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Re: 3d gsplot using first column of z as axis (was Re: timefmt with splo
From: |
Colin Telmer |
Subject: |
Re: 3d gsplot using first column of z as axis (was Re: timefmt with splot? |
Date: |
Wed, 14 Oct 1998 22:12:41 -0400 (EDT) |
On Wed, 14 Oct 1998, John W. Eaton wrote:
> Sorry, I don't understand the question. If the description of gsplot
> in the Octave manual doesn't help, then maybe I could answer your
> question if you provided some example data. How many rows and columns
> are in z? What do you mean by `using a vector', etc.?
>
> If you can figure out how to make the 3D plot you want directly in
> gnuplot, then there's a good chance that there is a way to do it from
> Octave (at least by opening your own pipe to gnuplot). But if it doesn't
> even work directly in gnuplot, then maybe you should be reporting the
> bug to the gnuplot maintainers instead.
Sorry, perhaps this is more of a pure gnuplot. However, I will try to
explain what I want to end up with for clarity. I have a 2d array in which
the columns are different interest rates (maturities ascending from a one
period rate upwards) and the rows are points through time. So any given
row is an interest rate yield curve at a given date. I want to plot a 3d
graph of these yield curve across time. The octave function mesh(z) or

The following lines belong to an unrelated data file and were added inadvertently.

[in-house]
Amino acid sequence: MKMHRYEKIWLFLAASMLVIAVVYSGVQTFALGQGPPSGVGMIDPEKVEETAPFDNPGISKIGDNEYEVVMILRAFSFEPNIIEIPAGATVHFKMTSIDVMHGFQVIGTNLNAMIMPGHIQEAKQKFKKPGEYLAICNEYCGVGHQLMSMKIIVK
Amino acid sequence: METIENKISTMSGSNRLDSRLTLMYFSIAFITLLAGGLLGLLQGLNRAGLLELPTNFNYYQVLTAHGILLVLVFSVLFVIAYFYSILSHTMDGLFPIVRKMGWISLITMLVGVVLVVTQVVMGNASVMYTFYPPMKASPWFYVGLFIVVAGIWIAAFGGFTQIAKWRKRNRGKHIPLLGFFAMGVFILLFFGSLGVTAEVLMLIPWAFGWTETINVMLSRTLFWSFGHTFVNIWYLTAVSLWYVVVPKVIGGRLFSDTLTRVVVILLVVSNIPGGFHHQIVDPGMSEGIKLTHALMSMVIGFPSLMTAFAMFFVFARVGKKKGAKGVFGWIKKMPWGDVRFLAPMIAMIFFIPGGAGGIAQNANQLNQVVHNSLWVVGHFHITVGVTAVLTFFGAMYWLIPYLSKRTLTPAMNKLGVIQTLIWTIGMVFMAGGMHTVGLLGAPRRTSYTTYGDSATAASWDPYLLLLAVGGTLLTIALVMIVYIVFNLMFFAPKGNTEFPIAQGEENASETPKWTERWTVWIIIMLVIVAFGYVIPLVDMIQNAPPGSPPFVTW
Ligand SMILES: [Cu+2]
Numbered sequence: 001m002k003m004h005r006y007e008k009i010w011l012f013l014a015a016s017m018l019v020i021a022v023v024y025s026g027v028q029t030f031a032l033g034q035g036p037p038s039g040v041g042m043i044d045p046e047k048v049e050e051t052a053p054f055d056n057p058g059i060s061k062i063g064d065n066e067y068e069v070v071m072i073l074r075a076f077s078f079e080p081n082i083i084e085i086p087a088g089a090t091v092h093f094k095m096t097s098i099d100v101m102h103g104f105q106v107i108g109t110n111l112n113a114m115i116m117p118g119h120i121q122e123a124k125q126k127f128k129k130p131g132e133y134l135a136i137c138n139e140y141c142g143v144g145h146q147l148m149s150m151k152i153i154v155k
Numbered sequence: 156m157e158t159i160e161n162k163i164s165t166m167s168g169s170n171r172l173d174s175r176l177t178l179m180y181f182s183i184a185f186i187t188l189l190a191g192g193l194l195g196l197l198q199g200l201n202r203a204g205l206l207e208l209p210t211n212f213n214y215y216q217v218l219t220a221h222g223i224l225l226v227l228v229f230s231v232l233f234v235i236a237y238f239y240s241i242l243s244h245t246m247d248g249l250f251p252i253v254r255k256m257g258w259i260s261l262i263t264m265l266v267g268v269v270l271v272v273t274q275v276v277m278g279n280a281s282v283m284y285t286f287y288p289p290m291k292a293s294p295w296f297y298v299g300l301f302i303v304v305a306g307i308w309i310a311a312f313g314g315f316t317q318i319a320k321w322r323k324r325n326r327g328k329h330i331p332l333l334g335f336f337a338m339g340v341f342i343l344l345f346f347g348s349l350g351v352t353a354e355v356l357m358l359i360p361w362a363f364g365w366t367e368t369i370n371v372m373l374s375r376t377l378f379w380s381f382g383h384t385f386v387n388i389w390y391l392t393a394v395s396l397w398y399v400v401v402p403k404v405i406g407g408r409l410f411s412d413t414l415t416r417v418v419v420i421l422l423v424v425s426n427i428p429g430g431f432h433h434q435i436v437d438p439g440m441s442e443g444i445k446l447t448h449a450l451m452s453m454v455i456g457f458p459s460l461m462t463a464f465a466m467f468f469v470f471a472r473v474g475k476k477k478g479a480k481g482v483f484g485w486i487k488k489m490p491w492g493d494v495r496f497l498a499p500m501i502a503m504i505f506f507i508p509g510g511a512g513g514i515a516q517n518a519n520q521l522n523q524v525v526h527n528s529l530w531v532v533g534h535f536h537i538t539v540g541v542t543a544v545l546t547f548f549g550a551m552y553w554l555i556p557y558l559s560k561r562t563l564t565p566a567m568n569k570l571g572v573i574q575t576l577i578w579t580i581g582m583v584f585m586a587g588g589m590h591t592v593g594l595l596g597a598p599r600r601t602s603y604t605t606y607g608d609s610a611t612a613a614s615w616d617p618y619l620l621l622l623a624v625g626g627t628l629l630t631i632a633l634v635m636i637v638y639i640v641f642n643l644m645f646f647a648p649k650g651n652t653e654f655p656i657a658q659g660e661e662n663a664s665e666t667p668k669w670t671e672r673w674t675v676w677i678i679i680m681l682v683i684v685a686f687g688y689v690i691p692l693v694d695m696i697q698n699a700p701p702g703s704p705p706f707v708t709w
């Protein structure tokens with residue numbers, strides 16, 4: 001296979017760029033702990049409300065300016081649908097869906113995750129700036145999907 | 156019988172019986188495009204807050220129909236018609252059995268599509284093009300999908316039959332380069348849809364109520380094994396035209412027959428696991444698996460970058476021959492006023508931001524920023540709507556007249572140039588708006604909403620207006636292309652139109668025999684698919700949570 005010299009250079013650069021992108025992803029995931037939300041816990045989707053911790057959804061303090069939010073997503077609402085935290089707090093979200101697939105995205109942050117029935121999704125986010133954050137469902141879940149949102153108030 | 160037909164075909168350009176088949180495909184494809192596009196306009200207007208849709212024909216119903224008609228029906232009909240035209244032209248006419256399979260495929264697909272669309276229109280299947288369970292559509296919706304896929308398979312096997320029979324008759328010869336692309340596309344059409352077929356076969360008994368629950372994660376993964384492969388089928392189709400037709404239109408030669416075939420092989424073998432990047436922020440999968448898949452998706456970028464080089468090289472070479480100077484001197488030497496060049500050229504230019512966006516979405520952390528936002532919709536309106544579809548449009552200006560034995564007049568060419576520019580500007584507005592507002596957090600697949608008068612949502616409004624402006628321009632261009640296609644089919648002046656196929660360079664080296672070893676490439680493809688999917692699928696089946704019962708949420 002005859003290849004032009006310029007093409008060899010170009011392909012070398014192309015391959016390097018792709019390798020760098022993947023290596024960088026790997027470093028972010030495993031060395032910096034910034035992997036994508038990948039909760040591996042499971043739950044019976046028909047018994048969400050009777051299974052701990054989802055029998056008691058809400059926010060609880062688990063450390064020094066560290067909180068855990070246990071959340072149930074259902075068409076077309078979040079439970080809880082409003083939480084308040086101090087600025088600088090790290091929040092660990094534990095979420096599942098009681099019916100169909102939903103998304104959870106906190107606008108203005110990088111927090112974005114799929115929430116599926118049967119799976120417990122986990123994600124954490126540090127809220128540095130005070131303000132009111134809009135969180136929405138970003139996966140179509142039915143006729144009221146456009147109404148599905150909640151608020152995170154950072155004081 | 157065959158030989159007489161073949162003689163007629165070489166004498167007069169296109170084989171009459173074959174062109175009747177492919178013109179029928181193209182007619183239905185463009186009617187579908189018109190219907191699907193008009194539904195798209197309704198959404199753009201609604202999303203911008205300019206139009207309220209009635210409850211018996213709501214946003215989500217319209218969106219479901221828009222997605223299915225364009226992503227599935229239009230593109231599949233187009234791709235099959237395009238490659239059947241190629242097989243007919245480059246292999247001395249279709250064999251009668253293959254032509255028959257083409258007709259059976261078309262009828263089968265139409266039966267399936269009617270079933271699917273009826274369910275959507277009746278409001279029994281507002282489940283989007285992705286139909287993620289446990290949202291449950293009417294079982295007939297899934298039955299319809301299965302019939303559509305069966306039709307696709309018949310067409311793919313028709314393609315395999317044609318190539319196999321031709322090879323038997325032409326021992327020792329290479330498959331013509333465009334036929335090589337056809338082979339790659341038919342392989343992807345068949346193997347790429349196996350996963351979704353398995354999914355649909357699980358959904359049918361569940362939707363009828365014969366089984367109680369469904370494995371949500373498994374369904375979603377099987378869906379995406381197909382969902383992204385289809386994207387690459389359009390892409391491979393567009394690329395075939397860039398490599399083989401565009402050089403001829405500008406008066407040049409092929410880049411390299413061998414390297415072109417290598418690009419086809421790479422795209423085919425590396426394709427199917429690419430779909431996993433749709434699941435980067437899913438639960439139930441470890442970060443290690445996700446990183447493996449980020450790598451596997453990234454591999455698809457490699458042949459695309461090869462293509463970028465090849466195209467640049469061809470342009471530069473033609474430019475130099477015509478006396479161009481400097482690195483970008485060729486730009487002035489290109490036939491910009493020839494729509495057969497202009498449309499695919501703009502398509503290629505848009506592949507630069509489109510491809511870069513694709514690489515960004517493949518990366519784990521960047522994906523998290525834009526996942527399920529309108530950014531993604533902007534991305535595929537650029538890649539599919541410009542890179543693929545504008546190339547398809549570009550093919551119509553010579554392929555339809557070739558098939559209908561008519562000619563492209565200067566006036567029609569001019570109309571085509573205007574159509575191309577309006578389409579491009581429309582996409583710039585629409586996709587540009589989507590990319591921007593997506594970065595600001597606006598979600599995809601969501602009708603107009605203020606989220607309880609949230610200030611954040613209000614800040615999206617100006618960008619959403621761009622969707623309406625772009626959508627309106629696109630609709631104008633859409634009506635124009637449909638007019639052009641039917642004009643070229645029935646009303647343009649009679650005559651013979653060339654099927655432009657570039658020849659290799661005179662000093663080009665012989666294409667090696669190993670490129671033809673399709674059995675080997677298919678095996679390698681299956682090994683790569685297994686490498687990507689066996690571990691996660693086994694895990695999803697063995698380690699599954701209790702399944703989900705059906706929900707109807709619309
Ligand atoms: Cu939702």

it's equivalent gnuplot commands from within octave does this exactly.
Assume that the interest rate is on the z axis, the maturity (each column)
is on the y axis and time is on the x axis and the there are 470 rows
(time points). I wanted to do the same thing as the code within the
function mesh, but I want to use the values in a vector d as the x axis
scale rather than 1 through 470 (corresponding to the row index of z). The
vector d could be anything, but the one I had in mind was
d = [1952+1/12:1/12:1992+2/12]
which has length 470 but will look like dates (I understand I could have a
vector of true dates and use the timefmt stuff in gnuplot, but I have
become accustom to using this simple hack before discovering the time
stuff in gnuplot). I'll have to poke around in gnuplot more to see if this
is possible. If I figure it out I will try to write a function that
expands mesh to include this ability and forward it to octave-source.
Cheers, Colin.
--
Colin Telmer, Ottawa, Ontario, Canada
<mailto:address@hidden>
<http://www.telmer.com>